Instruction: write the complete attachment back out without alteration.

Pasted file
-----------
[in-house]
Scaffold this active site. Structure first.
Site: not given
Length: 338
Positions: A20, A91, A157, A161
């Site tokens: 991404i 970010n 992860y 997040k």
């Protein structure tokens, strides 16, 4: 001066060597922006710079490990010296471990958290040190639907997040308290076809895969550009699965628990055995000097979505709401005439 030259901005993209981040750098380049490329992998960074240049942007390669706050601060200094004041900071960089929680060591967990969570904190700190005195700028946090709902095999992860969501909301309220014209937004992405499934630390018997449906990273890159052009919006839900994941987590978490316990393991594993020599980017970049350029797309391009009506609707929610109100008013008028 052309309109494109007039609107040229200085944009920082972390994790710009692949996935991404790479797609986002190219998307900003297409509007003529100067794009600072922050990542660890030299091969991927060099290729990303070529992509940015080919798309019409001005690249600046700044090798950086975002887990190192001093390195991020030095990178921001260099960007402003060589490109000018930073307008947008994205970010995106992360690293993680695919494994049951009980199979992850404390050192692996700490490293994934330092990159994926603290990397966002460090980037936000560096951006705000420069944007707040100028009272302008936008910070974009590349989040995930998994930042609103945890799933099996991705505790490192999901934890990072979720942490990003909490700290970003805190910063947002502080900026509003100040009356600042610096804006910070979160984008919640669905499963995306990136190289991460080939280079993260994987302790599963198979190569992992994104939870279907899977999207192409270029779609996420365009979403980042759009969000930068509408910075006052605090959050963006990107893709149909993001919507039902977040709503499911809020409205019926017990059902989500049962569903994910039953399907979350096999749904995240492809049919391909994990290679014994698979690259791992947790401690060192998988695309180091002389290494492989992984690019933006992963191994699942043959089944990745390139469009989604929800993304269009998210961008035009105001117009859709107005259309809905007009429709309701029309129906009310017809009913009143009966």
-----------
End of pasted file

[in-house]
Scaffold this active site. Structure first.
Site: not given
Length: 338
Positions: A20, A91, A157, A161
């Site tokens: 991404i 970010n 992860y 997040k």
């Protein structure tokens, strides 16, 4: 001066060597922006710079490990010296471990958290040190639907997040308290076809895969550009699965628990055995000097979505709401005439 030259901005993209981040750098380049490329992998960074240049942007390669706050601060200094004041900071960089929680060591967990969570904190700190005195700028946090709902095999992860969501909301309220014209937004992405499934630390018997449906990273890159052009919006839900994941987590978490316990393991594993020599980017970049350029797309391009009506609707929610109100008013008028 052309309109494109007039609107040229200085944009920082972390994790710009692949996935991404790479797609986002190219998307900003297409509007003529100067794009600072922050990542660890030299091969991927060099290729990303070529992509940015080919798309019409001005690249600046700044090798950086975002887990190192001093390195991020030095990178921001260099960007402003060589490109000018930073307008947008994205970010995106992360690293993680695919494994049951009980199979992850404390050192692996700490490293994934330092990159994926603290990397966002460090980037936000560096951006705000420069944007707040100028009272302008936008910070974009590349989040995930998994930042609103945890799933099996991705505790490192999901934890990072979720942490990003909490700290970003805190910063947002502080900026509003100040009356600042610096804006910070979160984008919640669905499963995306990136190289991460080939280079993260994987302790599963198979190569992992994104939870279907899977999207192409270029779609996420365009979403980042759009969000930068509408910075006052605090959050963006990107893709149909993001919507039902977040709503499911809020409205019926017990059902989500049962569903994910039953399907979350096999749904995240492809049919391909994990290679014994698979690259791992947790401690060192998988695309180091002389290494492989992984690019933006992963191994699942043959089944990745390139469009989604929800993304269009998210961008035009105001117009859709107005259309809905007009429709309701029309129906009310017809009913009143009966």